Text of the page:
FRONT PAGE AMPYRA AUBAGIO AVONEX BETASERON COPAXONE EXTAVIA
Stan's Angels MS News Channel on YouTube GILENYA NOVANTRONE REBIF RITUXAN TECFIDERA TYSABRI
 Daily News for Neuros, Nurses & Savvy MSers: 208,152 Viewers, 8,368 Stories & Studies
Click Here For My Videos, Advice, Tips, Studies and Trials.
Timothy L. Vollmer, MD
Department of Neurology
University of Colorado Health Sciences Center Professor

Co-Director of the RMMSC at Anschutz Medical Center

Medical Director-Rocky Mountain MS Center
Click here to read my columns
Brian R. Apatoff, MD, PhD
Multiple Sclerosis Institute
Center for Neurological Disorders

Associate Professor Neurology and Neuroscience,

Weill Medical College of Cornell University

Clinical Attending in Neurology,
New York-Presbyterian Hospital
CLICK ON THE RED BUTTON BELOW
You'll get FREE Breaking News Alerts on new MS treatments as they are approved
MS NEWS ARCHIVES: by week

HERE'S A FEW OF OUR 6000+ Facebook & MySpace FRIENDS
Timothy L. Vollmer M.D.
Department of Neurology
University of Colorado Health Sciences Center
Co-Director of the RMMSC at Anschutz Medical Center
and
Medical Director-Rocky Mountain MS Center


Click to view 1280 MS Walk photos!

"MS Can Not
Rob You of Joy"
"I'm an M.D....my Mom has MS and we have a message for everyone."
- Jennifer Hartmark-Hill MD
Beverly Dean

"I've had MS for 2 years...this is the most important advice you'll ever hear."
"This is how I give myself a painless injection."
Heather Johnson

"A helpful tip for newly diagnosed MS patients."
"Important advice on choosing MS medication "
Joyce Moore


This page is powered by Blogger. Isn't yours?

Monday

 

Specific brain chemical may play role in promoting chronic pain





































Image source: SUSAN-DEBORAH

A chemical in the brain typically associated with cognition, movement and reward-motivation behavior -- among others -- may also play a role in promoting chronic pain, according to new research at The University of Texas at Dallas.

The chemical, dopamine, sets the stage for many important brain functions, but the mechanisms that cause it to contribute to chronic pain are less well understood.

In a recent paper published in The Journal of Neuroscience, UT Dallas researchers followed the sequence of pain impulses traveling from the brain to the spinal cord in mice. They found that by removing a collection of neurons called A11 that contain dopamine, chronic pain was selectively diminished.

"These findings demonstrate a novel role for how dopamine contributes to maintaining chronic pain states," said Dr. Ted Price, associate professor in the School of Behavioral and Brain Sciences at UT Dallas. "This may open up new opportunities to target medicines that could reverse chronic pain." Pain signals travel like electricity from an injury to the spinal cord where they pass on electrical or chemical pain signals to other cells. Those pain signals then travel upward and relay that information to neurons in the brain where they can be distributed throughout. There is no single pain center in the brain, but there is substantial evidence that chronic pain changes how these pain centers are activated.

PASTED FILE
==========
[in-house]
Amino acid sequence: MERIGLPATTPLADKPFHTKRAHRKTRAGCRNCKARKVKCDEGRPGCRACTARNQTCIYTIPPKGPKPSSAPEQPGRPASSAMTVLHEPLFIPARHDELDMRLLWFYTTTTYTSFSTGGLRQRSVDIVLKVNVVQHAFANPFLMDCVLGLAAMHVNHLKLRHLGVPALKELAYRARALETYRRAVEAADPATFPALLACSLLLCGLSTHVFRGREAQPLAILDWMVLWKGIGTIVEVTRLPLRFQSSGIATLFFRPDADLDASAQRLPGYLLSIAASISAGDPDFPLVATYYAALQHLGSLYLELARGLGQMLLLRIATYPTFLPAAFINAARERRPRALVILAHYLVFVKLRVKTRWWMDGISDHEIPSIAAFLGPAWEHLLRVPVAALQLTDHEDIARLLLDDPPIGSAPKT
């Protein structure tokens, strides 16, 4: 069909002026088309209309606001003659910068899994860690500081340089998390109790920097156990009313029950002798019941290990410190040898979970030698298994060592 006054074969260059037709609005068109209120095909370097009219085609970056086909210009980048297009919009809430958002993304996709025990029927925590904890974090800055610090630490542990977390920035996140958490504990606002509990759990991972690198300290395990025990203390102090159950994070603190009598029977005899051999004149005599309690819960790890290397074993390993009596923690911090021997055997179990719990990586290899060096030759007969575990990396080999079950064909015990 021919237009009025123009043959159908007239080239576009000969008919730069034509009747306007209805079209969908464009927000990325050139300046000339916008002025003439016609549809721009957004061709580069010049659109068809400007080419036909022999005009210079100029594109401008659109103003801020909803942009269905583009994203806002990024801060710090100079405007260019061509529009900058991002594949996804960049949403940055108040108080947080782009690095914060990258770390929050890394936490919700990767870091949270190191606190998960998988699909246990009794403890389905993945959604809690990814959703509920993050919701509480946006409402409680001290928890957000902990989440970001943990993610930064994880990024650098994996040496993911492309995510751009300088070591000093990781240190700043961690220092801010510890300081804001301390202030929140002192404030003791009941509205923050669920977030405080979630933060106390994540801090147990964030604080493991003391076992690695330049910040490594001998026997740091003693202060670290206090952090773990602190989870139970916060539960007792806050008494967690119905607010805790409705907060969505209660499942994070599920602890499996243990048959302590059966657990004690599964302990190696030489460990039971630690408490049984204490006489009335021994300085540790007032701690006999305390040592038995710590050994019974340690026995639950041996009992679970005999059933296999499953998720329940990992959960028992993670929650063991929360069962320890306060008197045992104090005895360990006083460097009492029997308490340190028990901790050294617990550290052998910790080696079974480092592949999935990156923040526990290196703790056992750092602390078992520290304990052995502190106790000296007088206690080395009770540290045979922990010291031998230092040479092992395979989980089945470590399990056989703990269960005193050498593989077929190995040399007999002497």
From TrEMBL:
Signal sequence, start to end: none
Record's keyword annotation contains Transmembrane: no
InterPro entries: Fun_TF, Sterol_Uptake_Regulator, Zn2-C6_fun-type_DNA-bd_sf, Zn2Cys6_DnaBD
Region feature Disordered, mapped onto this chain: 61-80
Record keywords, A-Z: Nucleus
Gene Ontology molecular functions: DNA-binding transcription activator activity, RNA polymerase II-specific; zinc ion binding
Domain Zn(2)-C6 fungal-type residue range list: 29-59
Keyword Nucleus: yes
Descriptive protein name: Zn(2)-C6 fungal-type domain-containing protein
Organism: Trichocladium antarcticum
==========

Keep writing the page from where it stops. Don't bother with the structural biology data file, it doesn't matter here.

In people with chronic pain, neurons continue to send pain signals to the brain, even in the absence of injury, but the causes of this are not known. A potential explanation comes from A11. These neurons didn't affect acute pain, but they did have a profound effect on chronic pain, researchers found. By targeting these neurons in mice with chronic pain, the researchers permanently reversed a chronic pain state.

Price said that previous studies have examined the role of other neurotransmitters in chronic pain including norepinephrine and serotonin. "By process of elimination, we decided to look more closely at dopamine. We used a toxin that affected A11 neurons, and that's when we found that acute pain signals were still normal, but chronic pain was absent," he said.

In 2011, the Institute of Medicine estimated that more than 100 million Americans suffer from chronic pain, a condition that costs more than $600 billion each year in medical care and lost productivity.

Story Source: The above story is based on materials provided by NEWSMEDICAL
Note: Materials may be edited for content and length

Labels:



Go to Newer News Go to Older News